Williams is open about his eagerness to return to tackle in a 4-3 formation, the position he was productive in before his two mostly lost years playing end in Cleveland's 3-4 front. If both his and Vanden Bosch's games rebounds in Detroit, the Lions could avoid placing too much of a rookie burden on Suh, instead allowing him to play alongside a pair of veterans who would only aid his development as a playmaker.

9. BALTIMORE RAVENS -- Between signing Donte' Stallworth last month and executing the Anquan Boldin trade last week, it's a safe bet the Ravens have taken receiver off their first-round radar. That leaves cornerback and tight end as the two most likely areas of need to address at No. 25. Boise State's Kyle Wilson and Rutgers' Devin McCourty are the cornerbacks who could still be available for Baltimore, and Oklahoma's Jermaine Gresham figures to be the only tight end prospect whose draft grade supports a low first-round selection.

10. HOUSTON TEXANS -- It was no surprise to see Houston lose cornerback Dunta Robinson in free agency, and it'll be no surprise to see the Texans draft someone in the first round to replace him, as Glover Quin, Jacque Reeves and Brice McCain would be the team's top three cover men if it had to play a game today. The Texans have needs at running back and defensive tackle that could also merit first-round love, but if there's a cornerback who is rated highly enough at No. 20, it would likely be Boise State's Kyle Wilson.

At running back, the prospects who make sense for Houston's draft slot are Clemson's top-rated C.J. Spiller, who'll probably never last that long, and Fresno State's fast-rising Ryan Mathews. With both the cornerback and running back crop being deep in this year's draft, the Texans can follow a best-player-available approach with their first two picks and meet two needs.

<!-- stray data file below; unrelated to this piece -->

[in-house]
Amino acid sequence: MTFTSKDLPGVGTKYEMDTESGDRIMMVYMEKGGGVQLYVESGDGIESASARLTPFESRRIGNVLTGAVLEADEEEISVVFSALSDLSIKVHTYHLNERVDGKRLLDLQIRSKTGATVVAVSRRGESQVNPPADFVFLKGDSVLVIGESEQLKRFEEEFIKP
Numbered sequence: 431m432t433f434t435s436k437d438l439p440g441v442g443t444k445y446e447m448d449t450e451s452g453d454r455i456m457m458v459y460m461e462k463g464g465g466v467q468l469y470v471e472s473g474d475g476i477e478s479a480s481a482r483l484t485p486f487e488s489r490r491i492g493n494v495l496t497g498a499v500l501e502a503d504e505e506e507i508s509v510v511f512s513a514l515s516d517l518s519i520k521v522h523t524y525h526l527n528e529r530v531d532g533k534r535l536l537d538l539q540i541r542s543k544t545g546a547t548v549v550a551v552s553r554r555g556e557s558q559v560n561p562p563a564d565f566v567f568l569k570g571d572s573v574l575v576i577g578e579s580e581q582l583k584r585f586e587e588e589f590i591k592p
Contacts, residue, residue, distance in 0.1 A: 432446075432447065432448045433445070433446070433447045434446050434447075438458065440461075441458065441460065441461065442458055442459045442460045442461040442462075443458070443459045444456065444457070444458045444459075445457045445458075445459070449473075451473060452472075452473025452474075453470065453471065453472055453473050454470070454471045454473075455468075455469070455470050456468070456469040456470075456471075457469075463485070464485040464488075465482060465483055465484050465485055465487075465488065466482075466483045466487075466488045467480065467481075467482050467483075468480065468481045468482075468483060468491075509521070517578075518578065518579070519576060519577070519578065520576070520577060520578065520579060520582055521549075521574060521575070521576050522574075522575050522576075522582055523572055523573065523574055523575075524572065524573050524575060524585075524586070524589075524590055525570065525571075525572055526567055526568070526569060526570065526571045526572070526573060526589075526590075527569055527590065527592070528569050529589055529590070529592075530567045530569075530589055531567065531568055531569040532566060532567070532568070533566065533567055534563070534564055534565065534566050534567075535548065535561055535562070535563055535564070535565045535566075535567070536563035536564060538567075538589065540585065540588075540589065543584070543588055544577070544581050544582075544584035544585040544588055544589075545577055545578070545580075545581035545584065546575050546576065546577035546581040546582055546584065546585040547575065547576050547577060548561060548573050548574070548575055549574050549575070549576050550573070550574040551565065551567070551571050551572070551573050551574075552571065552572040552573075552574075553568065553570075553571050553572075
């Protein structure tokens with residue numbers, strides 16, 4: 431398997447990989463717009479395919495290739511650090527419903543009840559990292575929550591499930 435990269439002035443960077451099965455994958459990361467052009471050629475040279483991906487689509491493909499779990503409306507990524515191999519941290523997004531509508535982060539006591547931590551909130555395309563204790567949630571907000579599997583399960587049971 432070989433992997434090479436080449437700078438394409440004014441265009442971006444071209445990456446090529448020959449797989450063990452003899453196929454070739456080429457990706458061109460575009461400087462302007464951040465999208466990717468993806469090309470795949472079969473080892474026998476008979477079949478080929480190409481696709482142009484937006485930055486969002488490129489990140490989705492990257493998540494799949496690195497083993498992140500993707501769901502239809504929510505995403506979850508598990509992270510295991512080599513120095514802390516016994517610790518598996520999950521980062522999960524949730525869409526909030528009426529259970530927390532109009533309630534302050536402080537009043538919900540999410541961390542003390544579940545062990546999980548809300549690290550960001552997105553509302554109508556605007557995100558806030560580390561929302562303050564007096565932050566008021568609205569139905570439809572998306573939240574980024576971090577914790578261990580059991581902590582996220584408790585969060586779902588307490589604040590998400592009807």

11. WASHINGTON REDSKINS -- Washington failed to reel in Packers offensive tackle Chad Clifton after he made a free-agent visit, and instead the Redskins settled for Vikings backup guard-tackle Artis Hicks, signing him to a three-year deal. But the lack of getting a frontline tackle could mean the position goes back on the front burner in the first round (if indeed it ever left).

The big question, of course, is what will No. 4 Washington do if it comes down to choosing between top-rated offensive tackle Russell Okung of Oklahoma State and whichever quarterback it has rated highest, Oklahoma's Sam Bradford or Notre Dame's Jimmy Clausen? If Bradford goes first to the Rams, we can see the Redskins taking Okung. If Bradford is still there, I'm guessing the tackle issue can wait until round two.

12. NEW ORLEANS SAINTS -- New Orleans wanted to keep strongside linebacker Scott Fujita around for another year or two, but Cleveland blew him away in free agency with a three-year, $14 million deal that included $8 million guaranteed. The Saints were going to be looking long and hard at the outside linebackers in the first round anyway -- because they were seeking an upgrade over weakside starter Scott Shanle -- but now the position becomes all the more pressing. At No. 32, New Orleans wouldn't mind a bit to see TCU outside linebacker Jerry Hughes, who had a great combine showing, waiting for it as the first round comes to a close.